Embodyment of data

I am a researcher of design theory and philosophy of technology in Japan. This is my first post. I am interested in investigating the possibility that vital data can be internalized and embodied by technologies of the quantified self.
For example, as a result of taking the temperatures of my three children daily for covid-19, the temperatures taken by my hands became more accurate than the readings on the thermometer. I can tell the numbers from the warmth I feel in my hands. If you know of any previous research on such internalization or embodiment of quantified data, please let me know.

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This is an excellent topic. I’m not surprised by what you report about your own experience of embodied knowledge. I’ve heard other people describe this effect and I’ve experienced it too. For instance, I tracked my tremor using a somewhat elaborate process using the accelerometer on my phone and an analytical notebook that reported the strength of the tremor based on vibrations within a certain frequency range. I also recorded a subjective “tremory” score that reflected my subjective sense of vulnerability to tremor. Over time, I was able to assess my own vulnerability to tremor more accurately. I believe this is an example of learning/training my judgment based on feedback. I think it would be hard to use my existing data as evidence for the effect you’re studying, my records aren’t very well organized. But it strikes me as possible to research this through direct experimentation, and I’d be glad to participate if that’s the approach you decide to take.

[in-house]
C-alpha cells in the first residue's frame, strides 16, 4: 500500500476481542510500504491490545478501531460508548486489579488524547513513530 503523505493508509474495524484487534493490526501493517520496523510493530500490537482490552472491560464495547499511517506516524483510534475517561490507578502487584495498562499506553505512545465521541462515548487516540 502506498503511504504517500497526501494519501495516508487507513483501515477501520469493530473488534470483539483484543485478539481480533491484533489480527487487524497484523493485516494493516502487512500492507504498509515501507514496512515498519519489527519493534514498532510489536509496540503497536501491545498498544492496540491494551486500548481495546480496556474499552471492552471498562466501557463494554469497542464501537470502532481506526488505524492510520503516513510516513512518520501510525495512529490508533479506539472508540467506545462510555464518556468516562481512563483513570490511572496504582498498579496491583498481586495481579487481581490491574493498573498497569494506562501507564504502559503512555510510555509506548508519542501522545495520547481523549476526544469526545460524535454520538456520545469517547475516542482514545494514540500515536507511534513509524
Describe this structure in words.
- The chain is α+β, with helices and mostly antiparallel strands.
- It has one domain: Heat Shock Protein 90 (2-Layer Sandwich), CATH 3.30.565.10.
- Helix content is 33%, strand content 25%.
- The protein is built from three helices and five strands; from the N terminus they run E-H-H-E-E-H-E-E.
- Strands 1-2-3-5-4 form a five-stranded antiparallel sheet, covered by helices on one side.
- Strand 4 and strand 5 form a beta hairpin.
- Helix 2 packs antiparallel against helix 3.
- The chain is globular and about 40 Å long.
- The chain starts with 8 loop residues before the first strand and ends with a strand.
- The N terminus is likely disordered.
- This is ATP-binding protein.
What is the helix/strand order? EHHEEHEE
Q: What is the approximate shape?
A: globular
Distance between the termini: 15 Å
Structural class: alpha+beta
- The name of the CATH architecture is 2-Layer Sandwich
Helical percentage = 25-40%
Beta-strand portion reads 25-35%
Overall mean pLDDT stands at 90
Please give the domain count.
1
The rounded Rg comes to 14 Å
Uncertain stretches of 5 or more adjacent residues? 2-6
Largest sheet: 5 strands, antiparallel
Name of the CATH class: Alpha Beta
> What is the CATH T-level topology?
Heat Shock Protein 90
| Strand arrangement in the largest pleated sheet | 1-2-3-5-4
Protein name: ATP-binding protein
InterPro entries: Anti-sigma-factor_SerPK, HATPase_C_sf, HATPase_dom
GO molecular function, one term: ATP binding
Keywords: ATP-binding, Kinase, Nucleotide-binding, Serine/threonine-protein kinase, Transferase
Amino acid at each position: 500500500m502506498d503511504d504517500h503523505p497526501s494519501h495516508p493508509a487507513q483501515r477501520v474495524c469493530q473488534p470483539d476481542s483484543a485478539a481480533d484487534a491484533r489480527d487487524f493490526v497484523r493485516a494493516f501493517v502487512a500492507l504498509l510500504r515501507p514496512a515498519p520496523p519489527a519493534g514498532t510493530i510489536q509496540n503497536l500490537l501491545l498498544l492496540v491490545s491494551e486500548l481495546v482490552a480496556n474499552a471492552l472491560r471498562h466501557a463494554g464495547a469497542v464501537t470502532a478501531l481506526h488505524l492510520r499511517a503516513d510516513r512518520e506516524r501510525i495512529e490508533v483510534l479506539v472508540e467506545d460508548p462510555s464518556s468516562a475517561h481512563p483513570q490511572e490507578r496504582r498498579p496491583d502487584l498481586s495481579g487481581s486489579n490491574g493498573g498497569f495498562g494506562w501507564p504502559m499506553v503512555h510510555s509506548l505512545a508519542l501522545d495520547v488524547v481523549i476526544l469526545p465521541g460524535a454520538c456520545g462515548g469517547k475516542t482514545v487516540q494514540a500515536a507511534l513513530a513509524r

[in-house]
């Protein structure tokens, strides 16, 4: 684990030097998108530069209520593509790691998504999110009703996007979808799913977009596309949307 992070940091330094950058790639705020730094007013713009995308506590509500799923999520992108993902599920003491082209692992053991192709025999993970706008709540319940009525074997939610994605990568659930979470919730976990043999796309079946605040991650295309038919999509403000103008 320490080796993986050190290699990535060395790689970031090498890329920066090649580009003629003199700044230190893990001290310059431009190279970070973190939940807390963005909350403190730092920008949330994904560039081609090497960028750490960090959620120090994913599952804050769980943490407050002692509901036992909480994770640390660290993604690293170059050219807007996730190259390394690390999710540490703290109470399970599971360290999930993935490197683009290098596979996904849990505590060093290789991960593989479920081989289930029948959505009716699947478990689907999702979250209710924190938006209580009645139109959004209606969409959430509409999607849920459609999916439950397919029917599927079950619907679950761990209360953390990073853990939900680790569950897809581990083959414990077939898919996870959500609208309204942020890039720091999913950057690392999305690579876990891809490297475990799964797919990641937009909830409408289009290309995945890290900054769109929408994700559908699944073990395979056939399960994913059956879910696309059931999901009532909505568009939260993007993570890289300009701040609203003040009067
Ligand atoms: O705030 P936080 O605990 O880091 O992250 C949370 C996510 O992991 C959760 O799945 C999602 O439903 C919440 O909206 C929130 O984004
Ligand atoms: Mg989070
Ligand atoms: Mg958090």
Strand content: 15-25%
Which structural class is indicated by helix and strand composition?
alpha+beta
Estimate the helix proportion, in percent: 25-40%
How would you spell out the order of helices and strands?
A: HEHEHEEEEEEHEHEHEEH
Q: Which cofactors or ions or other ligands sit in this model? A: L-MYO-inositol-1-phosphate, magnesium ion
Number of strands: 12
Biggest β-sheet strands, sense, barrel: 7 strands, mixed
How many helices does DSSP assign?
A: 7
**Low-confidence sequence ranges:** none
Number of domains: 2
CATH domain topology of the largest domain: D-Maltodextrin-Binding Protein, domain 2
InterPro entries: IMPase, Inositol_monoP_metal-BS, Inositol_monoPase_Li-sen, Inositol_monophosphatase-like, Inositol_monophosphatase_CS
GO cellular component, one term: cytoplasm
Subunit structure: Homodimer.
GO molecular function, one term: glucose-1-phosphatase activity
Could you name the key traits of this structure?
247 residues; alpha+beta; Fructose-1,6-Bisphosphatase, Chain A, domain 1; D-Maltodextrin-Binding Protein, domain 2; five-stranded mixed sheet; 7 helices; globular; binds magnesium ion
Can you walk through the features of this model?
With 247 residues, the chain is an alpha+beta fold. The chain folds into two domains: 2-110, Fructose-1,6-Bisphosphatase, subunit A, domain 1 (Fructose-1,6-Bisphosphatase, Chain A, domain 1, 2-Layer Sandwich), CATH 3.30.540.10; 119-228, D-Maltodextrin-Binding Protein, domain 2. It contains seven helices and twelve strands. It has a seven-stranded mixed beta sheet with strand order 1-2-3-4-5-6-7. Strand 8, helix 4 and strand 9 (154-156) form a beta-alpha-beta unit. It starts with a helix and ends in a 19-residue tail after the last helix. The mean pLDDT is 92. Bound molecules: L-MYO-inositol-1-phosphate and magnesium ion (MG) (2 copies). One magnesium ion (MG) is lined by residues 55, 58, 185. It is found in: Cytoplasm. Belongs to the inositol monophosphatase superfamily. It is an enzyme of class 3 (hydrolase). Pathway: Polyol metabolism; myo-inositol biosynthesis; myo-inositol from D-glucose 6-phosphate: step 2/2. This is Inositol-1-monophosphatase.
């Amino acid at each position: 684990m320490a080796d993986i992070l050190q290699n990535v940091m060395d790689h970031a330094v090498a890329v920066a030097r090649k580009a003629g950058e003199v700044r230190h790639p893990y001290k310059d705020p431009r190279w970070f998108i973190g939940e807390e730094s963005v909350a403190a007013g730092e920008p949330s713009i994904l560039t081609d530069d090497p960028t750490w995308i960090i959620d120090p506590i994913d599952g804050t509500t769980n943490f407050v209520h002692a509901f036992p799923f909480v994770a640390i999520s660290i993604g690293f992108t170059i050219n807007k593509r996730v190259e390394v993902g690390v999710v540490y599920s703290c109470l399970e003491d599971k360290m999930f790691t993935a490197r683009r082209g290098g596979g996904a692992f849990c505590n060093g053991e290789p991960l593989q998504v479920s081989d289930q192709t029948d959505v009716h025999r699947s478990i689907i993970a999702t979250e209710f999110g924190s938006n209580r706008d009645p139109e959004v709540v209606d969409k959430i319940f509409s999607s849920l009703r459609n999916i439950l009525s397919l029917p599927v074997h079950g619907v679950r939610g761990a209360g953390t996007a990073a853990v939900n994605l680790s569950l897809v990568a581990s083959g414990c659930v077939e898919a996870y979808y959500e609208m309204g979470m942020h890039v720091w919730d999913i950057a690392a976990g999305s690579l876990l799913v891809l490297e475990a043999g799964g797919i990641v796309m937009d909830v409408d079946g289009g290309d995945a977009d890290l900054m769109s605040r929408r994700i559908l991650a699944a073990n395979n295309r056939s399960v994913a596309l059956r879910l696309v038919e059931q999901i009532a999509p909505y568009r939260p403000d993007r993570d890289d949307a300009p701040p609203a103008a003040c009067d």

Thank you very much. I am very happy to hear that.In Japan, there is no community of quantified self, so I’m happy to be able to discuss things like this. Your example of tremor is also very interesting.

I’ve heard that Kevin Kelly used to wear a device on his belt that vibrated when he faced north, and after a while, he could tell if he was facing north even though he wasn’t wearing the device.I think this is very Amazing. I would like to collect such cases.

In any case, do you know of any papers or materials that summarize these cases?

Hi @Tomoki_Nanasawa

In any case, do you know of any papers or materials that summarize these cases?

You may find useful case studies in Jer Thorp’s book: Living in Data . His previous projects (both art and science) provide a broader perspective on the idea of internalizing data.


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Thanks for the suggestion for Thorp’s book, it looks very interesting; I just got a Kindle sample to read.

@Tomoki_Nanasawa I don’t know of any published research on this topic specifically related to self-tracking, but I do think it is part of a larger research domain, with some interest from people doing sports performance coaching. Here is a review article on “vibrotactile feedback” that is loosely related to the kind of feedback system Kevin Kelly wrote about: https://bmjopensem.bmj.com/content/bmjosem/3/1/e000216.full.pdf

Here is an article from Wired that speculates about the future of such systems, written in 2007:

Here is the Sensebridge “North Paw” device: Sensebridge - making the invisible visible » North Paw

The creator of this device, Eric Boyd, first presented it at a QS meetup many years ago; I know there was a video of the talk but I can’t put my hands on it at the moment and the original videographer seems to have removed it or moved it. You could start here if you want to try to track it down: Sensebridge - making the invisible visible » Blog Archive » North Paw Talk at Quantified Self